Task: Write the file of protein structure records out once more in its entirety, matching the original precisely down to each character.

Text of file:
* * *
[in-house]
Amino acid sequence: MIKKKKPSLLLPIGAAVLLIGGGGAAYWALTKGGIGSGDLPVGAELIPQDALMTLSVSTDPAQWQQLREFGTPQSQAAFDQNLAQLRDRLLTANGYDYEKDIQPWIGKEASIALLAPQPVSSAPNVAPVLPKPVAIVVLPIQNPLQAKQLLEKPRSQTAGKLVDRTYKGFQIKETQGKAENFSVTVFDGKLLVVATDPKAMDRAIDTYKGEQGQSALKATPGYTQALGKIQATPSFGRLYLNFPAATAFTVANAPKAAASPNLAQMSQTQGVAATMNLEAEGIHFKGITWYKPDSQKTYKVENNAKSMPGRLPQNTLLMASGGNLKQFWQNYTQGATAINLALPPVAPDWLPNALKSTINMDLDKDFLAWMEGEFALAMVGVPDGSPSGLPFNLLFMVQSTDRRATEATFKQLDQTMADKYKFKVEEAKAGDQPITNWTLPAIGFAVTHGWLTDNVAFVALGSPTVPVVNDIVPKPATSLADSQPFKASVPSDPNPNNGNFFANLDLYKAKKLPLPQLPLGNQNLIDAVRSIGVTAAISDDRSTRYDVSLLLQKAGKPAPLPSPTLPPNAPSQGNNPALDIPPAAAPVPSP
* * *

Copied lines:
[in-house]
Amino acid sequence: MIKKKKPSLLLPIGAAVLLIGGGGAAYWALTKGGIGSGDLPVGAELIPQDALMTLSVSTDPAQWQQLREFGTPQSQAAFDQNLAQLRDRLLTANGYDYEKDIQPWIGKEASIALLAPQPVSSAPNVAPVLPKPVAIVVLPIQNPLQAKQLLEKPRSQTAGKLVDRTYKGFQIKETQGKAENFSVTVFDGKLLVVATDPKAMDRAIDTYKGEQGQSALKATPGYTQALGKIQATPSFGRLYLNFPAATAFTVANAPKAAASPNLAQMSQTQGVAATMNLEAEGIHFKGITWYKPDSQKTYKVENNAKSMPGRLPQNTLLMASGGNLKQFWQNYTQGATAINLALPPVAPDWLPNALKSTINMDLDKDFLAWMEGEFALAMVGVPDGSPSGLPFNLLFMVQSTDRRATEATFKQLDQTMADKYKFKVEEAKAGDQPITNWTLPAIGFAVTHGWLTDNVAFVALGSPTVPVVNDIVPKPATSLADSQPFKASVPSDPNPNNGNFFANLDLYKAKKLPLPQLPLGNQNLIDAVRSIGVTAAISDDRSTRYDVSLLLQKAGKPAPLPSPTLPPNAPSQGNNPALDIPPAAAPVPSP